Last week it seemed like the Mets were about to do something wise and send Jennry Mejia down to the minors in order to allow him to revert back into a starting pitcher, thereby providing the promise of greater value to the organization one day. Then they backed up a little and said, no, we may just turn him into a starter at the major league level. Not as wise, but in the grand scheme of things I suppose that’s better than keeping him in the pen.
Forget any wisdom now, however, because they’re just gonna keep him in the pen after all:
“We’ve discussed him at length many times, as far as what’s right
for him, what’s right for the team . . . basically, [keeping him in the pen] was the plan all along. We felt that
Igarashi can handle the eighth, and we need someone to handle the
seventh and I wanted to see Mejia pitch in this environment.”
Says the New York Post: “The deciding factor, according to Manuel, was that Mejia has been much
more effective in short outings than long ones.” Which is true for just about every pitcher. Bullpens are full of guys who couldn’t cut it was starters for exactly this reason, so I’m not sure why it weighs so heavily in Mejia’s case.
This is shortsighted decision by a guy who to whom short term success is more important than the long term health of the organization. And that applies whether it was Omar Minaya or Jerry Manuel’s decision.
LOS ANGELES (AP) San Francisco lefty Matt Moore lost his no-hit bid with two outs in the ninth inning on a soft, clean single by Corey Seager, and the Giants beat the Los Angeles Dodgers 4-0 Thursday night.
Moore’s try ended on his 133rd pitch. It was Seager Bobblehead Night at Dodger Stadium, and a sellout crowd cheered Moore after the ball plopped onto the grass in shallow right field.
Moore was pulled immediately. Giants manager Bruce Bochy had been pacing in the dugout for a couple of innings as Moore’s pitch count climbed – he missed most of the last two seasons after Tommy John surgery.
Giants center fielder Denard Span sprinted for two outstanding catches, including a leadoff grab in the ninth, to give Moore a chance.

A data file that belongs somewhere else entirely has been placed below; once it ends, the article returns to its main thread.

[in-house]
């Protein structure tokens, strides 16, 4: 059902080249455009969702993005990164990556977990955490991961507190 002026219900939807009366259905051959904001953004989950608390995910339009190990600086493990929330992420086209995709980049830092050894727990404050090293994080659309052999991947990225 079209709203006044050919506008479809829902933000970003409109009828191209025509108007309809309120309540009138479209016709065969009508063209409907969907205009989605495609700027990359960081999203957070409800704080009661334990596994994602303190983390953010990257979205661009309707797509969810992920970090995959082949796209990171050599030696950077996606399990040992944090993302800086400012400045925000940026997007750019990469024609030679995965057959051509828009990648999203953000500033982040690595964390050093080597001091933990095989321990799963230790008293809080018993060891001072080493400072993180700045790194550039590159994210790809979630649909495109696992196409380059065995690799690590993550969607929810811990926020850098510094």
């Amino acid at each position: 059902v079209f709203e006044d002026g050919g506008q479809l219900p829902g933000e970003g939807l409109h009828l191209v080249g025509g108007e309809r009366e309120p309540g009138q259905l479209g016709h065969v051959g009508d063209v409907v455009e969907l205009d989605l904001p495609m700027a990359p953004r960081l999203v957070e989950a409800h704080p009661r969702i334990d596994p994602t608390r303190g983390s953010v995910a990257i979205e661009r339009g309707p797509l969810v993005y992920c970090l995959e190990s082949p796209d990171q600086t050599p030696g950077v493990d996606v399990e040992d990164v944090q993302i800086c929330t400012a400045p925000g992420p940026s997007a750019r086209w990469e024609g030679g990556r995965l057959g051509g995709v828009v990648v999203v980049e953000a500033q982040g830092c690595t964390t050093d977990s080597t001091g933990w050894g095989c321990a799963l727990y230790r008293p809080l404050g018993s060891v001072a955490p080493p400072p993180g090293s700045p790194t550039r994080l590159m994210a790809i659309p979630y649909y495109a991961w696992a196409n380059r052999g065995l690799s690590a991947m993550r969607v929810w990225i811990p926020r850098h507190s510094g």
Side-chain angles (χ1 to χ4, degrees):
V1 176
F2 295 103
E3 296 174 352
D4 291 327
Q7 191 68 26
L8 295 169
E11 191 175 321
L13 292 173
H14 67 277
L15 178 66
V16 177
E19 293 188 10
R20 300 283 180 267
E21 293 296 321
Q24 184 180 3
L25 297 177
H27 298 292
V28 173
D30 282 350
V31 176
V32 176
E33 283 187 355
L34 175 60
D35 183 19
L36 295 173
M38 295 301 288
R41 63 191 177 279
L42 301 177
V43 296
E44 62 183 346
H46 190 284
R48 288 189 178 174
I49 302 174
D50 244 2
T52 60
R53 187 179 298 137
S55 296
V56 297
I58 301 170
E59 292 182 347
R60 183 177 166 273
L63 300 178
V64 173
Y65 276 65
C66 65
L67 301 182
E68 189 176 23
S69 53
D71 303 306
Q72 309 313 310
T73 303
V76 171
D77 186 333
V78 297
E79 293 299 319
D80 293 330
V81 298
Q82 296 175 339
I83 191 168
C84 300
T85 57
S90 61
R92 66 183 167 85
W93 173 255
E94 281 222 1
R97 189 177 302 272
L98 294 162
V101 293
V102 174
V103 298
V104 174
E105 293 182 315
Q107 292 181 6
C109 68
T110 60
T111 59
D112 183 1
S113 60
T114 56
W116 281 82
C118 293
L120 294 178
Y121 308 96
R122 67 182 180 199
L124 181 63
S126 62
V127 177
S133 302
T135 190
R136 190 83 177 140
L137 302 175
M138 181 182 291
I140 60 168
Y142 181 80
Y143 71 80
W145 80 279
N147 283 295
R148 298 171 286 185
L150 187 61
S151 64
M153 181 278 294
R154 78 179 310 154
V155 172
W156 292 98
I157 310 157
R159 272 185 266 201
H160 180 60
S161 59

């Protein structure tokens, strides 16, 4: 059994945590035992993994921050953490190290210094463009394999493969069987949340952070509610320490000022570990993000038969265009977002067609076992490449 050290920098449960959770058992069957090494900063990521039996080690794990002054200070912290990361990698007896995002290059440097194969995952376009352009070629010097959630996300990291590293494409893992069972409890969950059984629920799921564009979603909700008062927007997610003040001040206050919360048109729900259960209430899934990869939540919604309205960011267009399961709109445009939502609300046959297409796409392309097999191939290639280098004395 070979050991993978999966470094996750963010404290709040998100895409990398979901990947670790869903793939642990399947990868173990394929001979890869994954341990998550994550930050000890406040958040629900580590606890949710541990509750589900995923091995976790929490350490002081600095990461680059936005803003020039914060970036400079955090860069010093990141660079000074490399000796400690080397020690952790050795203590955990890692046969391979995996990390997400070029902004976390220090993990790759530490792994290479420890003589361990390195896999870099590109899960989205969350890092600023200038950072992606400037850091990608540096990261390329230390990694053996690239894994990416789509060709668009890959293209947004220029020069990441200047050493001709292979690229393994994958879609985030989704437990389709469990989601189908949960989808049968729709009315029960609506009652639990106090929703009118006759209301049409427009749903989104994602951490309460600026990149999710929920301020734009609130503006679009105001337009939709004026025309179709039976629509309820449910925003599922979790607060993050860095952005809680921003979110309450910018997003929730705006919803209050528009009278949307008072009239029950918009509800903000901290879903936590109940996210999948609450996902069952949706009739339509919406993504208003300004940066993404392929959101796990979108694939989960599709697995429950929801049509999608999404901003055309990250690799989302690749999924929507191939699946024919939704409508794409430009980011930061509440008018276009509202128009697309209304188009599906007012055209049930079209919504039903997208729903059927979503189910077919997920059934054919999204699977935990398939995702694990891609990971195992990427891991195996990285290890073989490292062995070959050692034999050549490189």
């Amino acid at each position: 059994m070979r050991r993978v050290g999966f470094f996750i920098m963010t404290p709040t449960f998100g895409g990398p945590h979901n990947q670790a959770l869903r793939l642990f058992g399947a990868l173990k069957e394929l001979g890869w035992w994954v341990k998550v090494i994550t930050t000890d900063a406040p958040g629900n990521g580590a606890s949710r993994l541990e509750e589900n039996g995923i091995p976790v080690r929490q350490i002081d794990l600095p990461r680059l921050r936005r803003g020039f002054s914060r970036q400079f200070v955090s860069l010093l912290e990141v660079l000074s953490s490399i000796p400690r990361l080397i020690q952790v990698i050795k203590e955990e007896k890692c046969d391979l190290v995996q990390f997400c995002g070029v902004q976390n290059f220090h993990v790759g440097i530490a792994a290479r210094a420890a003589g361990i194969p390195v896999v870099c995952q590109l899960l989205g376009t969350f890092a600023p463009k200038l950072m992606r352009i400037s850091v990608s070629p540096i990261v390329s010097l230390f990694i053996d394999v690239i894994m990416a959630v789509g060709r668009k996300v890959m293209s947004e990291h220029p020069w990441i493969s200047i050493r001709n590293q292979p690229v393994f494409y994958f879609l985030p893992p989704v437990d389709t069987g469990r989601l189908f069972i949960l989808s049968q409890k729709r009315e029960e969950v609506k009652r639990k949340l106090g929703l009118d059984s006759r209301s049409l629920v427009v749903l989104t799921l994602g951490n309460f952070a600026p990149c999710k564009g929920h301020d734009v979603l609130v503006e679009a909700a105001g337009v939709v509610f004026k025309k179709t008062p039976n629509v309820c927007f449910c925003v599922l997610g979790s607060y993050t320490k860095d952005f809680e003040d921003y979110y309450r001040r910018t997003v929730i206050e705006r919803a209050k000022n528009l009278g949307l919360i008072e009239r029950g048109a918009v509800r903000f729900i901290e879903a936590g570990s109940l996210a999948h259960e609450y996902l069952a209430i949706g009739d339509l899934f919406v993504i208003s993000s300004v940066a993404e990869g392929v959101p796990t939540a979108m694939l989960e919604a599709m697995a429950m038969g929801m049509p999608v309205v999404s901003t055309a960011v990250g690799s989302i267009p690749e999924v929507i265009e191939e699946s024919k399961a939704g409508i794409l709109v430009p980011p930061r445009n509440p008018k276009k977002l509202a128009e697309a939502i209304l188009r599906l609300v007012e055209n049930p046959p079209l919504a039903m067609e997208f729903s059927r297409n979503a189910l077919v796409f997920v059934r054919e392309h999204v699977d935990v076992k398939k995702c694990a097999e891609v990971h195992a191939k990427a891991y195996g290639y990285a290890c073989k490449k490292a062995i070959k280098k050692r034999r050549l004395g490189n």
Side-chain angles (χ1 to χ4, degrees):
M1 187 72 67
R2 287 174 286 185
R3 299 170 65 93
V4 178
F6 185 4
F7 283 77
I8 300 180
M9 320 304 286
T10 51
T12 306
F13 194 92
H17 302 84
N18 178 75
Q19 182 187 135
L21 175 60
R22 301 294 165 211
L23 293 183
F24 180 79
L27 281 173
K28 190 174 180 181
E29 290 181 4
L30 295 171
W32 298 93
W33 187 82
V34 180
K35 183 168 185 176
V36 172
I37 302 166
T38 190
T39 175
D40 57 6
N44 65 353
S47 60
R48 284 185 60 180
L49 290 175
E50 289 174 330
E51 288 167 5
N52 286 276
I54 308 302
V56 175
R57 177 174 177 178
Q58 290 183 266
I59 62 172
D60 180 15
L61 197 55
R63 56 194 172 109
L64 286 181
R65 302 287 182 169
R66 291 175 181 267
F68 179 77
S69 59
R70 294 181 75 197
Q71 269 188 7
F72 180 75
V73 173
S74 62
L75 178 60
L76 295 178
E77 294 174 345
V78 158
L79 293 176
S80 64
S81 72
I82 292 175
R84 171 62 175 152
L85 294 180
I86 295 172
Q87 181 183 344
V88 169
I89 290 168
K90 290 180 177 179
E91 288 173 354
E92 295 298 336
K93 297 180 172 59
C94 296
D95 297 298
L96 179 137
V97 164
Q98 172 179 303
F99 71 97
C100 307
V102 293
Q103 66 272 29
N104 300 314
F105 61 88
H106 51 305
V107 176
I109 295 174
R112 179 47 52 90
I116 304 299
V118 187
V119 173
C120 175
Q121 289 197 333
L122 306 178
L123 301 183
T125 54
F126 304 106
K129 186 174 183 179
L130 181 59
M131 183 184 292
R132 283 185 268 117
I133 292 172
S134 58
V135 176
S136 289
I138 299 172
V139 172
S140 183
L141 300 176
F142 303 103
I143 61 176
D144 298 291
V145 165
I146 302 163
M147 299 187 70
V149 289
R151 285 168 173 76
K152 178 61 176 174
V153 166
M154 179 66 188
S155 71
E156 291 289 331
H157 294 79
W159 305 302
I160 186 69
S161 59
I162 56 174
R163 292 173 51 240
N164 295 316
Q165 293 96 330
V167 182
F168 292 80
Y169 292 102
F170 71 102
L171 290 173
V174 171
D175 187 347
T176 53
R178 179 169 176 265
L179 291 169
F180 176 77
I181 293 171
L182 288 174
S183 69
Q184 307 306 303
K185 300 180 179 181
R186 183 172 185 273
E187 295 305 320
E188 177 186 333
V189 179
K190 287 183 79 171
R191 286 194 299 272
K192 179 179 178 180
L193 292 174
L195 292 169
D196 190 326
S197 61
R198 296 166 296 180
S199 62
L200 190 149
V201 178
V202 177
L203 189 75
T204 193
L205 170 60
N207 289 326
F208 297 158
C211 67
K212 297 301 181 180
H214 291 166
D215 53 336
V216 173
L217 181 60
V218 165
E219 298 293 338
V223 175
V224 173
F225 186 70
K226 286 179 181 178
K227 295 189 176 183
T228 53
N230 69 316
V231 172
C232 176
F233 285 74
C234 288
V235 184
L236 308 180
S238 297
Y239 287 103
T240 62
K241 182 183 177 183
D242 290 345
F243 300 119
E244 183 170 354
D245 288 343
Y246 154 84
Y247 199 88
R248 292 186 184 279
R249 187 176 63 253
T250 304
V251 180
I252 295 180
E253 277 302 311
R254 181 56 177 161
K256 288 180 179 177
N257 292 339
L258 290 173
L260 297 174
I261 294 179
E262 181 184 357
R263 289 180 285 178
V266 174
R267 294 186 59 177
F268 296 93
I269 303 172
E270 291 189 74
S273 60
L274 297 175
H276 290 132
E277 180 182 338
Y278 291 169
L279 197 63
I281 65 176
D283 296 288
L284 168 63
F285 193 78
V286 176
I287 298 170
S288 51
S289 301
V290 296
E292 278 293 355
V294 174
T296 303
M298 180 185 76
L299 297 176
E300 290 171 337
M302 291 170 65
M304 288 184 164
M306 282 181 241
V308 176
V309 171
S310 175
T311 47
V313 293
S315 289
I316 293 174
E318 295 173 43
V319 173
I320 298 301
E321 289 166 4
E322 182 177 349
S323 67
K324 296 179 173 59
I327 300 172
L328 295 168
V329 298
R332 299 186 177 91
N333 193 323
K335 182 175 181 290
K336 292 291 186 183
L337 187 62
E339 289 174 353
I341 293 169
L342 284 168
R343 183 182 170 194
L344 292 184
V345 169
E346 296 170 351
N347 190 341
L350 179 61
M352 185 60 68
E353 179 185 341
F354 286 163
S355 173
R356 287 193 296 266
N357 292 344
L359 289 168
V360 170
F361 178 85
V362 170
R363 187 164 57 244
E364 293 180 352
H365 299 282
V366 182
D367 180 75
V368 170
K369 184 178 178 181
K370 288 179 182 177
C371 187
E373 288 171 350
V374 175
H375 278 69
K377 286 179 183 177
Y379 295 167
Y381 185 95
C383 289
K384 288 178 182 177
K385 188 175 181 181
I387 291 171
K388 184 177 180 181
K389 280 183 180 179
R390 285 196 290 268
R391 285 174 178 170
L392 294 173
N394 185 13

Moore earned his first win for the Giants since they got him in a trade with Tampa Bay on Aug. 1.
The 27-year-old Moore nearly gave San Francisco a major league record five straight years with a no-hitter. And he almost became the first Giants pitcher to no-hit the archrival Dodgers since 1915, when New York’s Rube Marquard stopped Brooklyn.
Moore struck out seven and walked three. Reliever Santiago Casilla needed just one pitch to get the final out.
The win moved the Giants within two games of the NL West-leading Dodgers.
The Mets rode a bloop hit and a fortuitous slide by Yoenis Cespedes into a four-run fifth inning against the Cardinals during Thursday night’s game.
After Cespedes drew a one-out walk, James Loney hit a weak pop-up into shallow left field. Left fielder Brandon Moss and shortstop Greg Garcia both gave chase but it dropped in. Cespedes, running the bases aggressively, sprinted towards third base. Moss scooped up the ball and threw to Adam Wainwright covering third base.
Cespedes appeared to have been tagged out by Wainwright, but as luck would have it, Cespedes’ cleats stuck on Wainwright’s glove and yanked it off. Cespedes was ruled safe and the Cardinals challenged the call, but it was ultimately upheld.
After that play, Curtis Granderson struck out, Wilmer Flores reached on a fielding error by Garcia, and Alejandro De Aza hit a three-run home run to right field, pushing the Mets’ lead to 7-0.